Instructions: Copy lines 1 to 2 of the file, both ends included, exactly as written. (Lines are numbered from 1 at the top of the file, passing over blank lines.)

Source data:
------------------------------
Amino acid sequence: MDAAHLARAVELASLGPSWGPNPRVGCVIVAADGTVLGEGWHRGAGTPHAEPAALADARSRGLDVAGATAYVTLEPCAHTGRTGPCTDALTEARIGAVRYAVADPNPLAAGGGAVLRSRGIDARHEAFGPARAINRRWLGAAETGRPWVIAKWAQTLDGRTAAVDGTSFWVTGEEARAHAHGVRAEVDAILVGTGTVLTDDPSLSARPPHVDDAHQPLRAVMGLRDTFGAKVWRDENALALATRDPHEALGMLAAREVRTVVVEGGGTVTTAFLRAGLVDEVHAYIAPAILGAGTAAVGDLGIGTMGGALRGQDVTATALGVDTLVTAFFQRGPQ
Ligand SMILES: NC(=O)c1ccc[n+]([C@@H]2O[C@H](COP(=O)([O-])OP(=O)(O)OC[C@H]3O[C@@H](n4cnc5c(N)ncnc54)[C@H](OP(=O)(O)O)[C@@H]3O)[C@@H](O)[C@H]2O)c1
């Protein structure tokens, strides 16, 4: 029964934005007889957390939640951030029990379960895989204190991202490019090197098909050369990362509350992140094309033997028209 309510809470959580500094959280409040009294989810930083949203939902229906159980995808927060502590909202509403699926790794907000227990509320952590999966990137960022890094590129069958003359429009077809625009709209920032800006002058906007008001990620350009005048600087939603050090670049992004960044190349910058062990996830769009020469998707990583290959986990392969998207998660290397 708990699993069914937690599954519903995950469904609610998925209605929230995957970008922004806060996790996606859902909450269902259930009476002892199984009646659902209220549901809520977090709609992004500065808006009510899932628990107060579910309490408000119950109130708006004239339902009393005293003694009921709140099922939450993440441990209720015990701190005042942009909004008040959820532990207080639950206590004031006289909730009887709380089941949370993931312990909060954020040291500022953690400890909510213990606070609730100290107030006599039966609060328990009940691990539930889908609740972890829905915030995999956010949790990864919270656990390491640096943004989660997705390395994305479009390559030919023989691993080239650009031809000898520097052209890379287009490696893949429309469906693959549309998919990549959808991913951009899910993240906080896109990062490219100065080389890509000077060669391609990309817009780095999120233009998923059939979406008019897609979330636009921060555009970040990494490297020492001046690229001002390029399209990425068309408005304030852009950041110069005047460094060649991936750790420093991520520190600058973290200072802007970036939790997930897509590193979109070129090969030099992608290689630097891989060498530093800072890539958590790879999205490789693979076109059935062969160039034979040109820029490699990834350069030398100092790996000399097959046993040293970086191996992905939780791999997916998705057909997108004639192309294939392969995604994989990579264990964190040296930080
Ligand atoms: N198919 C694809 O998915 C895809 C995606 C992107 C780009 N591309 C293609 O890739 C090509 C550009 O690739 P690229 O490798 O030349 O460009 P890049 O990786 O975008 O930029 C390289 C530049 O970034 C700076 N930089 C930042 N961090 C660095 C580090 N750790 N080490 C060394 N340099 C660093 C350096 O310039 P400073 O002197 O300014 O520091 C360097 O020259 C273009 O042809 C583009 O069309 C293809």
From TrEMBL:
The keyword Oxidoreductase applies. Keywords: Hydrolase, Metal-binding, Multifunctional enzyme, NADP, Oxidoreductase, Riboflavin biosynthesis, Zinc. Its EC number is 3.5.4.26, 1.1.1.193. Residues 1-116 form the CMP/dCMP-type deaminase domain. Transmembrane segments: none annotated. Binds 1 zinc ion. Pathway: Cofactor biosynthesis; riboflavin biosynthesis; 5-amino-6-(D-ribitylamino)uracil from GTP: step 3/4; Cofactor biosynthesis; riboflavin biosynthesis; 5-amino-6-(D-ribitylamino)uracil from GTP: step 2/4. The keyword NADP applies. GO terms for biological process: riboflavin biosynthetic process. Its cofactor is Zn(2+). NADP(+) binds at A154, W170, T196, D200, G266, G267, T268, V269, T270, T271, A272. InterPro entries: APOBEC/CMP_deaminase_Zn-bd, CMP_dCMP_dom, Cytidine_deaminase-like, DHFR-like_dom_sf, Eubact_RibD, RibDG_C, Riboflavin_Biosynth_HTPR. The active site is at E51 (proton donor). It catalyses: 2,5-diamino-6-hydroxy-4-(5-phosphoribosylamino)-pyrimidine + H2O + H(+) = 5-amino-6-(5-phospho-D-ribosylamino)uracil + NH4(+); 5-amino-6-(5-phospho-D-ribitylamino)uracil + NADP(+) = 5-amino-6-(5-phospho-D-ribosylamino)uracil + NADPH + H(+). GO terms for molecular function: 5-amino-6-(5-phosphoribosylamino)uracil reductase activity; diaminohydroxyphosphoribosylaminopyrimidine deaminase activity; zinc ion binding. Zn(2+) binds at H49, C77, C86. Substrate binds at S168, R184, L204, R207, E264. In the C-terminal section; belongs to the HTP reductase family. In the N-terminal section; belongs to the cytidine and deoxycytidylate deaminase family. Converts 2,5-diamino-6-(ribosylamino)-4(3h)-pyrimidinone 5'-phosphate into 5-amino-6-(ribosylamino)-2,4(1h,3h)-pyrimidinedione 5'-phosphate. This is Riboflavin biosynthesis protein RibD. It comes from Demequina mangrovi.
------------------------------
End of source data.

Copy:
Amino acid sequence: MDAAHLARAVELASLGPSWGPNPRVGCVIVAADGTVLGEGWHRGAGTPHAEPAALADARSRGLDVAGATAYVTLEPCAHTGRTGPCTDALTEARIGAVRYAVADPNPLAAGGGAVLRSRGIDARHEAFGPARAINRRWLGAAETGRPWVIAKWAQTLDGRTAAVDGTSFWVTGEEARAHAHGVRAEVDAILVGTGTVLTDDPSLSARPPHVDDAHQPLRAVMGLRDTFGAKVWRDENALALATRDPHEALGMLAAREVRTVVVEGGGTVTTAFLRAGLVDEVHAYIAPAILGAGTAAVGDLGIGTMGGALRGQDVTATALGVDTLVTAFFQRGPQ
Ligand SMILES: NC(=O)c1ccc[n+]([C@@H]2O[C@H](COP(=O)([O-])OP(=O)(O)OC[C@H]3O[C@@H](n4cnc5c(N)ncnc54)[C@H](OP(=O)(O)O)[C@@H]3O)[C@@H](O)[C@H]2O)c1